We are hard-wired to eat high-fat, high-sugar foods. Studies show that these unhealthy treats activate our brains’ pleasure zones, prompting us to continue to seek them out. Could fatty, sugary foods be as addictive as drugs and alcohol?
Brain studies prove that it is harder for some people to resist these unhealthy treats. Dopamine, a neurotransmitter in the brain associated with pleasure and reward, seems to be the main culprit. If the brain dopamine system is not functioning properly, people could be more at risk for overeating. Subtle variations in the function of these paths may explain why some people are better able to resist unhealthy food.
How could dopamine cause food addiction? When you eat a food that contains fat and sugar, your brain’s dopamine path is activated, causing you to feel pleasure. You begin to associate these foods with pleasure, prompting you to crave them, whether consciously or subconsciously. You may not even realize that is why you are grabbing a certain snack!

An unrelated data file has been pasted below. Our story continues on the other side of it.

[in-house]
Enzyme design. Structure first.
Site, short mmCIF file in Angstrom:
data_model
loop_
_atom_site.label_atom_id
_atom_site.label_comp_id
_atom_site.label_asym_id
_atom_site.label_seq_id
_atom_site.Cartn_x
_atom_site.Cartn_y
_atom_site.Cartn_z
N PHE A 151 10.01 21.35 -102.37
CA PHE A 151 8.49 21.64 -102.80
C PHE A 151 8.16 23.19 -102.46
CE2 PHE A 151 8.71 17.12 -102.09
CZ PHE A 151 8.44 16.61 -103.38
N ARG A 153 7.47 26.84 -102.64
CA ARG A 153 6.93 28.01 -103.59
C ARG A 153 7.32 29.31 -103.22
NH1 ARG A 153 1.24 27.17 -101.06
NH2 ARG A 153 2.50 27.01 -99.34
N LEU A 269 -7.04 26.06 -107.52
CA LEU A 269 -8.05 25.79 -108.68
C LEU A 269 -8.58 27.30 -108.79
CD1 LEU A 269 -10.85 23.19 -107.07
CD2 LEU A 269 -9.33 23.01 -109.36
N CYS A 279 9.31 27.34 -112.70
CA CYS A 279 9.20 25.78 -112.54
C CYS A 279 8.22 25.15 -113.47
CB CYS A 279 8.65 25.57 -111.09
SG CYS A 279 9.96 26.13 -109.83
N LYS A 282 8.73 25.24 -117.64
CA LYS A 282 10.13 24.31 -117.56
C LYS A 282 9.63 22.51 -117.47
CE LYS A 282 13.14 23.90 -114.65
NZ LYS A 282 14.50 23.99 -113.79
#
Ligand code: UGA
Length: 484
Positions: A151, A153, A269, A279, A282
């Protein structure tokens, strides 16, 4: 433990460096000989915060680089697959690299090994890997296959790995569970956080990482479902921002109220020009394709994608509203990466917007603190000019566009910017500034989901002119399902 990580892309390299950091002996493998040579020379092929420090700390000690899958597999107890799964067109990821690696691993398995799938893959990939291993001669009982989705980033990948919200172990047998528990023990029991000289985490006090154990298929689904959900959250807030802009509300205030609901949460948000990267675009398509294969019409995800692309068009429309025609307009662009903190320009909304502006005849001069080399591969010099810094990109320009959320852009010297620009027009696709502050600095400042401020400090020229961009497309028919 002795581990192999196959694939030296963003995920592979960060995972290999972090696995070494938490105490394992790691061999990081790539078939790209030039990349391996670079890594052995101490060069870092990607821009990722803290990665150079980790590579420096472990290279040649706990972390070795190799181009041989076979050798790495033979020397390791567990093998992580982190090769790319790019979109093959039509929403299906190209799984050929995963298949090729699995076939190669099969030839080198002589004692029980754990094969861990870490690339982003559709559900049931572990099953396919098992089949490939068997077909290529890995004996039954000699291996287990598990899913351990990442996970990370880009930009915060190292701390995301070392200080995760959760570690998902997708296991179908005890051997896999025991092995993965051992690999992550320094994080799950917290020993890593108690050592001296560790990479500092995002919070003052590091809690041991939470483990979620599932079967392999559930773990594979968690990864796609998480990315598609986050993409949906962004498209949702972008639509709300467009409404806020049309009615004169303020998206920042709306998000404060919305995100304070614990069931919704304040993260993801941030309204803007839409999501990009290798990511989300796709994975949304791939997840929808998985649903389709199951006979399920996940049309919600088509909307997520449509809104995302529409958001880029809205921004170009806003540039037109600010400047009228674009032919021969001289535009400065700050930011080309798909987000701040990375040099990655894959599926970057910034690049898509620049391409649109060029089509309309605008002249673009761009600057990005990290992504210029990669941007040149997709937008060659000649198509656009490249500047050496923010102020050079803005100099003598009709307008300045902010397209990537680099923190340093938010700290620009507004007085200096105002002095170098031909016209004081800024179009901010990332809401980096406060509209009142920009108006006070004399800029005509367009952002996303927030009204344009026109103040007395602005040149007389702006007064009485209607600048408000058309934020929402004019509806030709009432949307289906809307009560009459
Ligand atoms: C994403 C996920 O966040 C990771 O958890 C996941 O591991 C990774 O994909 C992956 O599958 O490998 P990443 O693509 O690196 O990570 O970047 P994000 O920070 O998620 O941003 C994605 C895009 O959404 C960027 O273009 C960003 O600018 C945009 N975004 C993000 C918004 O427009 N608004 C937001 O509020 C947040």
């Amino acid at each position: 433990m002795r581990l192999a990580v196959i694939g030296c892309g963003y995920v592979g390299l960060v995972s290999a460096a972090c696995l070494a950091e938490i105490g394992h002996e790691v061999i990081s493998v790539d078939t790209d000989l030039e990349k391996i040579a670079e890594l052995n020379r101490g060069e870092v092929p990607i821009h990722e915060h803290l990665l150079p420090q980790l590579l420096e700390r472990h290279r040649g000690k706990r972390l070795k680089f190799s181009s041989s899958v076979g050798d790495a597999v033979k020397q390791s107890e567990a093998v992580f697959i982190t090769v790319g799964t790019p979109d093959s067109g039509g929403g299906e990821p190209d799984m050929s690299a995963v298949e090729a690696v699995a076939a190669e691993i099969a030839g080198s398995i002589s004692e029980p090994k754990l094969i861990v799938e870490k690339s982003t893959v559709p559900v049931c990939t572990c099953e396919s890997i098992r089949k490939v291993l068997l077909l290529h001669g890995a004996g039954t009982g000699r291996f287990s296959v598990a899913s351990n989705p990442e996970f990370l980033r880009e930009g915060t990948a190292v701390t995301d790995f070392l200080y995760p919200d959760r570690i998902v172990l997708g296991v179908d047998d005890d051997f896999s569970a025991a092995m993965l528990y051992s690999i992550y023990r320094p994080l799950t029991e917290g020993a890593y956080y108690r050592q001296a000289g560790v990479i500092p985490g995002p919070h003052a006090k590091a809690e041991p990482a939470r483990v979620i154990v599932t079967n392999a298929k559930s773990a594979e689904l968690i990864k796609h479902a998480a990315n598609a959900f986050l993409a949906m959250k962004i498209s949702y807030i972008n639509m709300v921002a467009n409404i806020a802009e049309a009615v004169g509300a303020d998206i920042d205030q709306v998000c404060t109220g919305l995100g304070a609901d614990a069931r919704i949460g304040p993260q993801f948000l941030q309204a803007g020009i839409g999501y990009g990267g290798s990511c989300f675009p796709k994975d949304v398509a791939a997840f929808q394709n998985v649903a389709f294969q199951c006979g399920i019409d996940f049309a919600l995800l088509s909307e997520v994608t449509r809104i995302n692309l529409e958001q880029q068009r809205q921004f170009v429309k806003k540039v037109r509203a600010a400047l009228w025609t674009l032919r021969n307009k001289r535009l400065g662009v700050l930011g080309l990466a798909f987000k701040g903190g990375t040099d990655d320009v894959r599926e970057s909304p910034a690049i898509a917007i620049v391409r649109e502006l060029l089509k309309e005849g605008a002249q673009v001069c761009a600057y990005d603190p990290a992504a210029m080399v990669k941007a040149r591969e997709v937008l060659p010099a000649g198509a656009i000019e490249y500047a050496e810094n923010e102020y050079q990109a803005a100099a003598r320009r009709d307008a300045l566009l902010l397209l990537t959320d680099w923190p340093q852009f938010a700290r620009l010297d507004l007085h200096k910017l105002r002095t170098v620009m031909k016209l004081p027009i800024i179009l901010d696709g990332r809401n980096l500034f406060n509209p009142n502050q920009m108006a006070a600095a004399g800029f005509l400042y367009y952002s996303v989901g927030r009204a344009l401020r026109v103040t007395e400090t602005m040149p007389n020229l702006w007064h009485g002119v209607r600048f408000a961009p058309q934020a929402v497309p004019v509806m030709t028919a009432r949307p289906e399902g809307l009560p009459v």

This explains why we automatically reach for ‘comfort food’ when we are upset. Our bodies innately know that it will make us feel better. Break up with your boyfriend? Eat a doughnut. Lose your job? Go for a hot fudge sundae. Science can now explain why we tend to use food as an emotional crutch.
Some compulsive eaters experience such a strong urge to eat that it begins to overshadow their desire to do anything else; it simply gets harder and harder to stay in control. In many senses, this is what drug and alcohol addicts experience. They know that they should stop but are unable to. And like a drug or alcohol addict, a compulsive eater puts his life at risk!
While it is unlikely that differing dopamine sensitivity is the entire cause of the obesity epidemic, it does give us all something to think about. Are we eating because we are hungry or because it makes us feel good? If we are eating because it makes us feel good, perhaps we can turn to other activities that also make us feel good, like exercise or playing with our children. Simply identifying the reasons we eat certain foods can help us to make smarter choices. In a sense, we need to retrain our brains; we need to disrupt the connection between eating fatty, sugary foods and pleasure and reestablish the connection between healthier activities and pleasure. So go for a bicycle ride- it will make you feel better!